No matter the specific circumstances, going through a divorce can be emotionally difficult, to say the least. But now, technological advancements — including a popular app and artificial intelligence software — may make the process just a little bit easier for many families.
Thirstoo, an AI-powered application created by a legal software company, is meant to take the guesswork out of filing for divorce. Just pay the $149 fee and fill out some basics, like your household income, assets, and whether or not you have children. While 29% of custody cases are decided without third-party involvement, Thirstoo even addresses ways to agree on parental responsibility arrangements. In the end, the software fills out the divorce forms, tells users what documents they need to gather, and recommends that they see a lawyer to review everything before it’s finalized.
It’s meant only for those uncontested divorces — the software will urge couples to seek out help from a mediator if they can’t reach an agreement on divisions — but still, some couples are saying that the assistance the software provides allowed them to remain friends with their exes. It could also allow couples to save a significant amount on legal fees, to be sure. For now, the software is available only to Canadians, but similar services (like Wevorce) are available in some areas throughout the United States.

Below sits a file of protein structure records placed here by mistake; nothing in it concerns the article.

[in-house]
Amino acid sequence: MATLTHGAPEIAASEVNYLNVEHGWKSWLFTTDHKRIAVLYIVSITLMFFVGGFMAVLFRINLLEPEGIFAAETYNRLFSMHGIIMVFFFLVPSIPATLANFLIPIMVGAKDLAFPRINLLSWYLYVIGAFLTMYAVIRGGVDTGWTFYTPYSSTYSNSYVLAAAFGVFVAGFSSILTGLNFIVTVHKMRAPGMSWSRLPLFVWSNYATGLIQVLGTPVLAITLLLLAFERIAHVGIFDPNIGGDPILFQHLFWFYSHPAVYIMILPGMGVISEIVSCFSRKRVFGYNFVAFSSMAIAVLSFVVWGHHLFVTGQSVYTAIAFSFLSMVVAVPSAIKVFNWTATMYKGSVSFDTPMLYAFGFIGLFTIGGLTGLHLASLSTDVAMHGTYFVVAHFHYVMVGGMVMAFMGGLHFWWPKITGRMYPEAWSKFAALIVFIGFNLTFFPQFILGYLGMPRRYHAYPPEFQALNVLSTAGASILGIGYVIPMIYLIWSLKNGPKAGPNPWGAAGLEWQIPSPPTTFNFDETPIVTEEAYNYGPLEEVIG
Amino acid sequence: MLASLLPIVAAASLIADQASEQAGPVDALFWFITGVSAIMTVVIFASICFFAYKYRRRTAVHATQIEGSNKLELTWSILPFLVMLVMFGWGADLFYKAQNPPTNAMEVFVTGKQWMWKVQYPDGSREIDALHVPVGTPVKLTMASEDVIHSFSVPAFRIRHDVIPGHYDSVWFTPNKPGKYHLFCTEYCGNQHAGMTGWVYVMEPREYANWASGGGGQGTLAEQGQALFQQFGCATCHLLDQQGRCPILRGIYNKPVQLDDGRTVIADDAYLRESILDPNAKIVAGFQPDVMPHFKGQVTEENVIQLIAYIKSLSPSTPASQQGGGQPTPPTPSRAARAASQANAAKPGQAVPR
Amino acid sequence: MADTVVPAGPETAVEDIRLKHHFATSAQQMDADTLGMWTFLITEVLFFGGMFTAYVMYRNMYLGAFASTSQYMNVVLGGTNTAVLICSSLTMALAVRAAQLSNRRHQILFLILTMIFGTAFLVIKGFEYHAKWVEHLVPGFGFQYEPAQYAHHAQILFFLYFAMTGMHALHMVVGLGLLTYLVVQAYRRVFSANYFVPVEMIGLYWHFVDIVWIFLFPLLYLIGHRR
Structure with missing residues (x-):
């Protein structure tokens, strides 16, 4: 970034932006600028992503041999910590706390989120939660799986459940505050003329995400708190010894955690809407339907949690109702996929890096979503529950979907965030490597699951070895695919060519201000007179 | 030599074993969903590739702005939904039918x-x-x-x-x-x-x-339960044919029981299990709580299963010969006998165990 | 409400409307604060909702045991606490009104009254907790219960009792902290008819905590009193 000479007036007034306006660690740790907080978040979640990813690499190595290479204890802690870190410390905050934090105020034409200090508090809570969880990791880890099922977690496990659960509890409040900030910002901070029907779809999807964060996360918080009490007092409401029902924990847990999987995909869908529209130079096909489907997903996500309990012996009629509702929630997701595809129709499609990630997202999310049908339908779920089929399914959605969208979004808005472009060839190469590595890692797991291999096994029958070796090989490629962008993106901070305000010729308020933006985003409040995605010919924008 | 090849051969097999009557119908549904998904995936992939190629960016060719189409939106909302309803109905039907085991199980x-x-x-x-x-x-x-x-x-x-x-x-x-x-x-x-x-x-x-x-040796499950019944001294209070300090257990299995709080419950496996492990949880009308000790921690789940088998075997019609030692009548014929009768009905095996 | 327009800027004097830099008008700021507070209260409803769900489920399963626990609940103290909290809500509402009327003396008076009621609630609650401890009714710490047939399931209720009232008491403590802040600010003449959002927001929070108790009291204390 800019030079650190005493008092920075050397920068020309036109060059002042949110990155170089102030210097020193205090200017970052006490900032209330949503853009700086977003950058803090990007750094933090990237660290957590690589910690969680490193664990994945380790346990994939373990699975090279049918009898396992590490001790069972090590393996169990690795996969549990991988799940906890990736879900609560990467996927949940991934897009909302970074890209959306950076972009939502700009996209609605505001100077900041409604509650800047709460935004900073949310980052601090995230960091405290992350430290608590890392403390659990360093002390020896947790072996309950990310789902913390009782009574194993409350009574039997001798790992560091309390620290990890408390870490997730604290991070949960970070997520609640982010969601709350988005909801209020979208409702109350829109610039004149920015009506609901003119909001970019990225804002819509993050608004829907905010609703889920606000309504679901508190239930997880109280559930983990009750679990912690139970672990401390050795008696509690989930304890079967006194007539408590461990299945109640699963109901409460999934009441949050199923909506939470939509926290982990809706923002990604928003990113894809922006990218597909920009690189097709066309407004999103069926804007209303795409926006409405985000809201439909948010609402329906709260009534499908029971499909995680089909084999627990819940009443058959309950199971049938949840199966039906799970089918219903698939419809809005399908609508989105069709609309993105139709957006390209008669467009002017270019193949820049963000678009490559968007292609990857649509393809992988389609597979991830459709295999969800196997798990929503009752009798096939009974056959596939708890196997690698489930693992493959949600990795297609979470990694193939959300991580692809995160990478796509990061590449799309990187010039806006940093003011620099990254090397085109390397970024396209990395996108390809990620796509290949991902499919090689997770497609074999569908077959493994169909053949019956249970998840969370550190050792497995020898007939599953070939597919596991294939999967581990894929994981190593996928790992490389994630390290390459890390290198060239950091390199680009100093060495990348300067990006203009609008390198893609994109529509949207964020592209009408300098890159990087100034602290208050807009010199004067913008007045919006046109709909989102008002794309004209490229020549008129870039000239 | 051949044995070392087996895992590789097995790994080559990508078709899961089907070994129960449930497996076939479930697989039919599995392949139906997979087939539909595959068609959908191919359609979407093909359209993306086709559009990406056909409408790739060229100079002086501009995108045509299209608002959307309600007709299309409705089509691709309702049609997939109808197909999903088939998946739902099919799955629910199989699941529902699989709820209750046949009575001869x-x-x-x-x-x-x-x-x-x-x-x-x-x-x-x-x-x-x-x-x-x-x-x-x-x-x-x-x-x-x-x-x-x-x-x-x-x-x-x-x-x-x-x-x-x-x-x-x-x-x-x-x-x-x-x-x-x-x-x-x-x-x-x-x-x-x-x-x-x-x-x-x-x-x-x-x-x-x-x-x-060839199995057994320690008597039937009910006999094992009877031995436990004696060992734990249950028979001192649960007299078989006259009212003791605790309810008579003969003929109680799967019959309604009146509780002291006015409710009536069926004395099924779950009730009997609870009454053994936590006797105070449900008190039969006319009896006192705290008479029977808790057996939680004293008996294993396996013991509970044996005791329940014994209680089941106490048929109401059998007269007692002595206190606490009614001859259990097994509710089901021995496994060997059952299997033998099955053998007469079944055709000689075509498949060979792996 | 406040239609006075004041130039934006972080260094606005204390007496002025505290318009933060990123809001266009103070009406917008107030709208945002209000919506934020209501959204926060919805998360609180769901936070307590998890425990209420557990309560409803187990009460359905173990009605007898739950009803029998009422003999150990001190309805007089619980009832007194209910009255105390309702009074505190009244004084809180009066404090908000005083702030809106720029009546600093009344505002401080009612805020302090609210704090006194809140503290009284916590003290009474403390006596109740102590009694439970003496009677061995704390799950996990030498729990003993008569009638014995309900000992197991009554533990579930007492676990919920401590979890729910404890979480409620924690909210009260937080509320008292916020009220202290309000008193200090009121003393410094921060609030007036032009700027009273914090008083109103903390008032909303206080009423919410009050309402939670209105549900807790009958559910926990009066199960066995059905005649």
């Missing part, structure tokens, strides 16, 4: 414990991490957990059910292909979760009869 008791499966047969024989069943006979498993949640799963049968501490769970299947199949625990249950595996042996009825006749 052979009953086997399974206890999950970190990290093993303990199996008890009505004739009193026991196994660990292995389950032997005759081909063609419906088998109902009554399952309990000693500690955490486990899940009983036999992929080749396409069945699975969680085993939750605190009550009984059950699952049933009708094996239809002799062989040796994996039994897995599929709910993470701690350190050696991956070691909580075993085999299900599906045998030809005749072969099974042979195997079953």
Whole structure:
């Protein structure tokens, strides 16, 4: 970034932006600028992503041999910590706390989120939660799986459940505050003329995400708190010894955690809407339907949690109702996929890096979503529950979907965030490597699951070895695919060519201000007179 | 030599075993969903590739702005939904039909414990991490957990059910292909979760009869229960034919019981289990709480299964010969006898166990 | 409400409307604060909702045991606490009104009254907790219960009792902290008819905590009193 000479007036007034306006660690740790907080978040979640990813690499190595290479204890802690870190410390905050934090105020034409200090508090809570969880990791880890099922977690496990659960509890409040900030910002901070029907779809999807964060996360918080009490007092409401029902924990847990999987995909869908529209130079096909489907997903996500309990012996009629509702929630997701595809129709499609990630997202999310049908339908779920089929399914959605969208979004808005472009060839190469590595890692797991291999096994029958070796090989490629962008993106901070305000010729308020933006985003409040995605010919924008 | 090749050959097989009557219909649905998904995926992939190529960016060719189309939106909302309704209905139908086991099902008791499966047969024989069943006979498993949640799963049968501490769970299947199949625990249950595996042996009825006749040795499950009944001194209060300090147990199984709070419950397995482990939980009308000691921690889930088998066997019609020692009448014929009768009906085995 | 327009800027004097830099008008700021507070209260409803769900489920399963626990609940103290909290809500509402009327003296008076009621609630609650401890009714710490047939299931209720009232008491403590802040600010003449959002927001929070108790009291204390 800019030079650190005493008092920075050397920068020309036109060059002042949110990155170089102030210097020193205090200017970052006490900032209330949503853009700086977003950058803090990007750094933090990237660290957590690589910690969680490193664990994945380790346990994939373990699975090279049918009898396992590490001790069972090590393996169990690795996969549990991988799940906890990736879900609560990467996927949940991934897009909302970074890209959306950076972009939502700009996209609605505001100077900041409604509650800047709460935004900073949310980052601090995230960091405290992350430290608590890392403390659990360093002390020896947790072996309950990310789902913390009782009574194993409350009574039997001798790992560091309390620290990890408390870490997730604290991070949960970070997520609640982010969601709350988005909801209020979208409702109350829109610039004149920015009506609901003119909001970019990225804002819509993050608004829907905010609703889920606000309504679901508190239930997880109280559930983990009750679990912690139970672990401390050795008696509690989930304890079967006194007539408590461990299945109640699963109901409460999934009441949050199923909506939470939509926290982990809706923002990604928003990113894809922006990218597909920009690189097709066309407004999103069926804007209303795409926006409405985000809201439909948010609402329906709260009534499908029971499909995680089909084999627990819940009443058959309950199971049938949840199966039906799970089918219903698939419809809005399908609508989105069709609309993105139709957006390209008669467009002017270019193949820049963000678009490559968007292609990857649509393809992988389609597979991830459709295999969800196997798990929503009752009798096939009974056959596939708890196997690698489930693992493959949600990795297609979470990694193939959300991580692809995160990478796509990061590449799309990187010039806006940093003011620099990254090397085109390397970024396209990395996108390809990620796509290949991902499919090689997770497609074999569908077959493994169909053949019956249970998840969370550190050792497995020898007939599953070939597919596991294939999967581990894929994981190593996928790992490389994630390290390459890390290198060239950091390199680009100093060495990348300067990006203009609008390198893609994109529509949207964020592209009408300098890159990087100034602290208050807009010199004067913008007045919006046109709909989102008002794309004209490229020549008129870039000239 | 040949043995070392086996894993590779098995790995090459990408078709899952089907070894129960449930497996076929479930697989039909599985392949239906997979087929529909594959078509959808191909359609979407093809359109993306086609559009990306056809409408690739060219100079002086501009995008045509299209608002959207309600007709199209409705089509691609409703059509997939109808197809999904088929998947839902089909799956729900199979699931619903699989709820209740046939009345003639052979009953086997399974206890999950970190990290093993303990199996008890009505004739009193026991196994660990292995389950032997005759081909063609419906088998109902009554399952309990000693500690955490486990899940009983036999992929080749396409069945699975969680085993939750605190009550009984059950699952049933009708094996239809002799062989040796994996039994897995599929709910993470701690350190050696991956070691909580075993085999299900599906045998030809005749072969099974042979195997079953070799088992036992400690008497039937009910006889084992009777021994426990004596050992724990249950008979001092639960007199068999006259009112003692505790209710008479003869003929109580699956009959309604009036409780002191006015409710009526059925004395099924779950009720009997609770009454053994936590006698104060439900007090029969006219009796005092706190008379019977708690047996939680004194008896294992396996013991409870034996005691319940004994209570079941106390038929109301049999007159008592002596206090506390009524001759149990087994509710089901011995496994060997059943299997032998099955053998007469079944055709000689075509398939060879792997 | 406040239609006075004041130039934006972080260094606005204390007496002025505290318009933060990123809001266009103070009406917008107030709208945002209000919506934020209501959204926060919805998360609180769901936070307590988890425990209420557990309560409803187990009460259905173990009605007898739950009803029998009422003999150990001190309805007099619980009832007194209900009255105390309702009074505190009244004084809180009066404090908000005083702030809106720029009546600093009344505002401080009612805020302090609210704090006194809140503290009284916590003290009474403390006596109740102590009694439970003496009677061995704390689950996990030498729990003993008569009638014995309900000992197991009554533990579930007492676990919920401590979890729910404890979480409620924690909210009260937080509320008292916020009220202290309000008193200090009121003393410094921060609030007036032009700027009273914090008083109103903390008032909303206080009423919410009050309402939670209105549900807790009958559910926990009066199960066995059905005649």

But once a divorce is finalized, that doesn’t signal the end of all issues. Just keeping track of time-sharing and communicating effectively with your co-parent can be tough. A popular app called Fayr, which was recently featured on an Apple Music new reality series, Planet of the Apps, is really catching on in the co-parenting world.
Fayr features a family calendar where both parents and kids can keep track of where they’re supposed to be and when. It tracks family activities, time-sharing responsibilities, and even real-time location check-ins. It also features an in-app messaging tool, expense records, and access to court-ready documents.
Conceptualized by a divorced father from Florida, the app is meant to alleviate familial stress and provide a totally transparent and easy way to communicate. Even Gwyneth Paltrow, who signed on as a mentor/advisor for the project within the scope of the TV series, is a fan.
“My favorite thing about Fayr is that it was created with the whole family in mind,” says Paltrow in a press release. “Separating is a challenging transition for any couple. When children are involved, it’s especially tender and worrisome. Fayr removes unnecessary stresses and tension so parents can collaborate to create calm and stability for their children.”
For the average divorced couple with kids, Fayr is an irreplaceable tool. Subscriptions are $5 per month on iOS devices and will be soon available for Android.
Needless to say, divorce will never be a cinch. But at least these applications make it a little easier to connect, track, and keep moving forward.